LinuxWorld.com: Which important programming trends are we about to see in the near future? What is the role of functional programming, rule-based programming, generic programming, and other programming paradigms in tomorrow’s software world? Will any of these become the mainstream or are they mere academic trifles?

Bjarne Stroustrup: I’m not good at predicting the future, so I won’t try, beyond pointing out that the future is usually more like yesterday than we like to believe. Note that COBOL, FORTRAN, and C still are major languages. Generic programming is real (mainstream) and you can see how the Standard Template Library (STL) borrows techniques from the functional programming community and uses them elegantly and efficiently in the context of C++. Rule-based programming (see the R++ link in Resources) has a record of failures and successes on a scale that didn’t lead to mainstream adoption. That’s a pity, but I don’t want to call it an “academic trifle.” Many of the ideas we today see as standalone languages will enter the mainstream as facilities and techniques embedded in a mainstream language, such as C++. The future will see much multiparadigm programming and many multilingual systems.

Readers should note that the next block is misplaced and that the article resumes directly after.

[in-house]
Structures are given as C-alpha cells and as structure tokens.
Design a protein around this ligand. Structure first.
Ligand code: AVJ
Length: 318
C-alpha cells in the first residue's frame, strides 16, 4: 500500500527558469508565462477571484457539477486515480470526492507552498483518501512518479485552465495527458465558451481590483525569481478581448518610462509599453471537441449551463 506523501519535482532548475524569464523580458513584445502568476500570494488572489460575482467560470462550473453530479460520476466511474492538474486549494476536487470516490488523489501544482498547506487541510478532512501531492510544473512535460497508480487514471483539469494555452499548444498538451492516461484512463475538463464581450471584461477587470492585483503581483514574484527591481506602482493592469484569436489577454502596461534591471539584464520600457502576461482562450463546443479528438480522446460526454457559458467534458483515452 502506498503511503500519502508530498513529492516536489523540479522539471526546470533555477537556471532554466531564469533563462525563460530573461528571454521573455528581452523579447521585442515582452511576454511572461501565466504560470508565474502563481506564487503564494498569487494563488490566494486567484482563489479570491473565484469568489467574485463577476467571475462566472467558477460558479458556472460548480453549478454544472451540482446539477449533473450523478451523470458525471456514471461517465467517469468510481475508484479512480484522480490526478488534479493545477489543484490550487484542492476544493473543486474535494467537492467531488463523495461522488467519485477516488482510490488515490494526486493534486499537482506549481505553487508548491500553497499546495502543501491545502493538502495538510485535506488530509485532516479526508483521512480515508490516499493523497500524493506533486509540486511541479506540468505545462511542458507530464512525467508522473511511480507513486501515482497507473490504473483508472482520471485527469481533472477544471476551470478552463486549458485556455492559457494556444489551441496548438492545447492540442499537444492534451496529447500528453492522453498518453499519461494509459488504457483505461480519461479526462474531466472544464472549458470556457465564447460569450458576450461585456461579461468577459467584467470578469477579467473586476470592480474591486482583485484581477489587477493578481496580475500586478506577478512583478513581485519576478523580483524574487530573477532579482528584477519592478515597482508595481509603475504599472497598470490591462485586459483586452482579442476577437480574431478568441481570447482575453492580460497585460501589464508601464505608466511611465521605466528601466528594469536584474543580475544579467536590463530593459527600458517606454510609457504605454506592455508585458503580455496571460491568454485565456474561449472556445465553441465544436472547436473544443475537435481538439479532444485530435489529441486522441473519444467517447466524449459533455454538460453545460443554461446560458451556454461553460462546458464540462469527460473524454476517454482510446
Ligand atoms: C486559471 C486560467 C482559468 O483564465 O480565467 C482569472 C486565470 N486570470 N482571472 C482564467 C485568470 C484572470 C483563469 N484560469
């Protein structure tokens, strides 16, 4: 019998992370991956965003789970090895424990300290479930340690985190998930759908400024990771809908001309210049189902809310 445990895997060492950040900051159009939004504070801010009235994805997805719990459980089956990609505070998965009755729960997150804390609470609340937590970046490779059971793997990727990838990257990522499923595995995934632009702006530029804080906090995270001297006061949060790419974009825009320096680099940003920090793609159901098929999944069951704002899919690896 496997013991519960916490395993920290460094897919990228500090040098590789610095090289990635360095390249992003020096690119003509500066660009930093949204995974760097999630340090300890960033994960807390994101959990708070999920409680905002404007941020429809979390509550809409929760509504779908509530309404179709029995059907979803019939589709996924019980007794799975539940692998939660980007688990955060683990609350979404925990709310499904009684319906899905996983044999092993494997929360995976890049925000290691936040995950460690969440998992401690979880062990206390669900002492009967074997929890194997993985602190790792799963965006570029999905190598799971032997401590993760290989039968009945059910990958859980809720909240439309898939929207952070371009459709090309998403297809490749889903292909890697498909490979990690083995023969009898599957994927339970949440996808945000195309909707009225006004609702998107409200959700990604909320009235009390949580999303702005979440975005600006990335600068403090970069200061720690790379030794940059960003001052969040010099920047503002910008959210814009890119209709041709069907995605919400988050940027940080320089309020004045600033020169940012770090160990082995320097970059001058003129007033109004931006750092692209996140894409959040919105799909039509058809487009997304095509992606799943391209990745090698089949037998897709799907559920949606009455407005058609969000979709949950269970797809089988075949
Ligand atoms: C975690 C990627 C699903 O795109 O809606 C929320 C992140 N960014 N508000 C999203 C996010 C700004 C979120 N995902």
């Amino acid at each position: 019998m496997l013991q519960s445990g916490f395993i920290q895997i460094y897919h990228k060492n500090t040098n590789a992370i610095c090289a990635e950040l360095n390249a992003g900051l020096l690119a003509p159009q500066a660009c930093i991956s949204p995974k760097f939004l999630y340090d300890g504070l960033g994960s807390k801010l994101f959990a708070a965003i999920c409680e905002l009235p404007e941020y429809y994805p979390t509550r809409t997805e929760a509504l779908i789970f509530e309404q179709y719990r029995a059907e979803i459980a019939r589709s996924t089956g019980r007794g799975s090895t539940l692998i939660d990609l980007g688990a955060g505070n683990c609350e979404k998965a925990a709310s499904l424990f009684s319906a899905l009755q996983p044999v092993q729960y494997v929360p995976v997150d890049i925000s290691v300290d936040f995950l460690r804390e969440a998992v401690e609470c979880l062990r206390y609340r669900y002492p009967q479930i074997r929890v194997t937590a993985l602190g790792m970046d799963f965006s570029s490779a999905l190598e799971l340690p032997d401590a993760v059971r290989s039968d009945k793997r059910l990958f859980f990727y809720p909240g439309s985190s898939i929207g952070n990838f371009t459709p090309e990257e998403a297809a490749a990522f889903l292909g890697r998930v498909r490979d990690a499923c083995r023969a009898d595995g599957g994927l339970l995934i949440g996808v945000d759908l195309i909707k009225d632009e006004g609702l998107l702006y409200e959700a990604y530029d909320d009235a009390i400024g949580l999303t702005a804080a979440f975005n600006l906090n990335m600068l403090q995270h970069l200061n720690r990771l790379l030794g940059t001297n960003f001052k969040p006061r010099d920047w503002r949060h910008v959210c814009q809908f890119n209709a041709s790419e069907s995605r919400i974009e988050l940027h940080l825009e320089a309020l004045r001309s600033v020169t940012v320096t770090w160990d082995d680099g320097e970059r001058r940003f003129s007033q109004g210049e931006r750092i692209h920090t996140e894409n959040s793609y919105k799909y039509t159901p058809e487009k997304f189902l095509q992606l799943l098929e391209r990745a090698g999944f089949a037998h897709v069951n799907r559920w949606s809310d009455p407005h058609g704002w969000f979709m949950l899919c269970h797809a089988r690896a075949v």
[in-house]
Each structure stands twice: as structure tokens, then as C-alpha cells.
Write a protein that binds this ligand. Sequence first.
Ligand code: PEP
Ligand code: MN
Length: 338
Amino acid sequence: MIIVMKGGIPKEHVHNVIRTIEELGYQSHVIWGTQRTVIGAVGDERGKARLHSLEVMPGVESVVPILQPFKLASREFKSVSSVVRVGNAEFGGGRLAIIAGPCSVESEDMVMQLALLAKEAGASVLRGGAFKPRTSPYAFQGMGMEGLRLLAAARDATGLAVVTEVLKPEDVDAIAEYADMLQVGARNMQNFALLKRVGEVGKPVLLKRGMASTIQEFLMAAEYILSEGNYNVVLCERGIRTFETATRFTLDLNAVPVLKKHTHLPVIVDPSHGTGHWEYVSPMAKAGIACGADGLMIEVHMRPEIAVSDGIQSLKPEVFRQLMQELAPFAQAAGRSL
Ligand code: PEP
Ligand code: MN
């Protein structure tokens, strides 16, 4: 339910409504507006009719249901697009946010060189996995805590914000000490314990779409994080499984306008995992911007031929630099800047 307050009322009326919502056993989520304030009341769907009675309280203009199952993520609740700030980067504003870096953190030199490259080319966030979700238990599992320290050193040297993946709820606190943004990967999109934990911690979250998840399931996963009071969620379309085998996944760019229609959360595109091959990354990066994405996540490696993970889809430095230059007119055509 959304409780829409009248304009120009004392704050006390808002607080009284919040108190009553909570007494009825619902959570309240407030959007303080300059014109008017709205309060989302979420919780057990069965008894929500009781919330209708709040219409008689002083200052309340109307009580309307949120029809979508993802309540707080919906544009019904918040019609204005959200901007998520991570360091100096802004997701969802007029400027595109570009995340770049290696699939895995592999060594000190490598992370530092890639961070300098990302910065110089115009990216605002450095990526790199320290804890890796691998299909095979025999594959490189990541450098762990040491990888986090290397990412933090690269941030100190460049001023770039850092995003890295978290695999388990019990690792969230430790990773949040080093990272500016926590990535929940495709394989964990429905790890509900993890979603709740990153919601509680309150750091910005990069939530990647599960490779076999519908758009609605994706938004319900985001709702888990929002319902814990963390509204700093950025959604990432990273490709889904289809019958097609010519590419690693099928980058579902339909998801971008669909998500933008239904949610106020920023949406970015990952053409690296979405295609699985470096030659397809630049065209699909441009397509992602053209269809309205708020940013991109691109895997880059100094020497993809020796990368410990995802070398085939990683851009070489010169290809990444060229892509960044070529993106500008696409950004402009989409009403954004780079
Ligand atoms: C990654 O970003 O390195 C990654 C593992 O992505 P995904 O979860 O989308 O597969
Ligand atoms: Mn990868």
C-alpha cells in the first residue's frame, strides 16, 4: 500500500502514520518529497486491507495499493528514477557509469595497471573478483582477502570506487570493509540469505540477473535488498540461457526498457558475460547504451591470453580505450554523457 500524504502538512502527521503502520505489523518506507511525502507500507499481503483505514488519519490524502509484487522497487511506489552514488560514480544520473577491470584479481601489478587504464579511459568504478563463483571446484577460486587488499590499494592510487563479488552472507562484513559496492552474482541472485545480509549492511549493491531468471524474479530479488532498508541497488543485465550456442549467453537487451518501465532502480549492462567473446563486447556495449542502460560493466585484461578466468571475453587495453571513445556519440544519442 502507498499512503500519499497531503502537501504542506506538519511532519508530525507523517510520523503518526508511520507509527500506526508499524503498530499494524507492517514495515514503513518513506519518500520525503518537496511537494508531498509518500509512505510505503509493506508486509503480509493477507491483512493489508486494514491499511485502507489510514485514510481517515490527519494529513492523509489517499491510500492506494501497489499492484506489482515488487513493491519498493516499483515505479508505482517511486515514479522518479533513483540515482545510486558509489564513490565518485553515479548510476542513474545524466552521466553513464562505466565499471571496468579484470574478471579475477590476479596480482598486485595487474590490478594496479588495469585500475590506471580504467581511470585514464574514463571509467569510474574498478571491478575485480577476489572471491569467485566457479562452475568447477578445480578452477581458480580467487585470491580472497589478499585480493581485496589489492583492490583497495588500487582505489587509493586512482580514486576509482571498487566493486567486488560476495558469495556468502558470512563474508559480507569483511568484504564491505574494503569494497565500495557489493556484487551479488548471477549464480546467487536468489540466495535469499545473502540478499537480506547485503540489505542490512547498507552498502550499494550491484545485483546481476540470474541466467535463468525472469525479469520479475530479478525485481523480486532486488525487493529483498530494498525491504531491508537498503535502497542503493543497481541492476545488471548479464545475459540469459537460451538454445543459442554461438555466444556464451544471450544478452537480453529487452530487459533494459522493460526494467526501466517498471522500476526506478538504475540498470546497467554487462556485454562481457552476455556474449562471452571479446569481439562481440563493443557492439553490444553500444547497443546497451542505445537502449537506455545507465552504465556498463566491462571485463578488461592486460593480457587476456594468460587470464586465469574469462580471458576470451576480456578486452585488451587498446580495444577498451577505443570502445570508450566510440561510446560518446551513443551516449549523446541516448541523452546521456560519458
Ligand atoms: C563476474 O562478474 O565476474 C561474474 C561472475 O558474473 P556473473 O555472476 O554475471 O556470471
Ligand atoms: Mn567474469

LinuxWorld.com: With the ratification of the new C99 standard, C/C++ compatibility seems more evasive than ever before. Is backward compatibility with C still one of the goals of C++? If so, what should be done to minimize the gaping chasms between the two languages?

Bjarne Stroustrup: C99 focused on extending the low-level facilities of C in the area of numeric programming. It basically ignored the abstraction facilities and the aims of generality embodied in C++. This makes compatibility harder as C adds more ad hoc, special-purpose facilities, where C++ addresses the same programmer needs through libraries implemented using general-purpose language facilities. An example is C99 variable-length arrays vs. C++’s vector. A more coordinated evolution of the two languages would have avoided this split.

My ideal is still a single language, and it is still technically feasible to merge C++ and C99 into a single, reasonably coherent language. I think such a language could meet every rational technical requirement. However, I’m not sure that the political will is there. For starters, it would require a merger of the C and C++ standards committees; it is not possible to have two different groups of people evolving two languages in parallel. Each committee attracts people who don’t share the ideals of the majority of the other and who dislike compromising with that majority. Thus, whereas a single committee fosters a shared community, trust, and compromise, two committees provide opportunities for divergence and for ignoring inconvenient facts and opinions. Personally, I think the committees should work out an agreement to merge, and then merge in good time before the ISO C++ standard comes up for renewal. The result would be a better language and a much stronger community.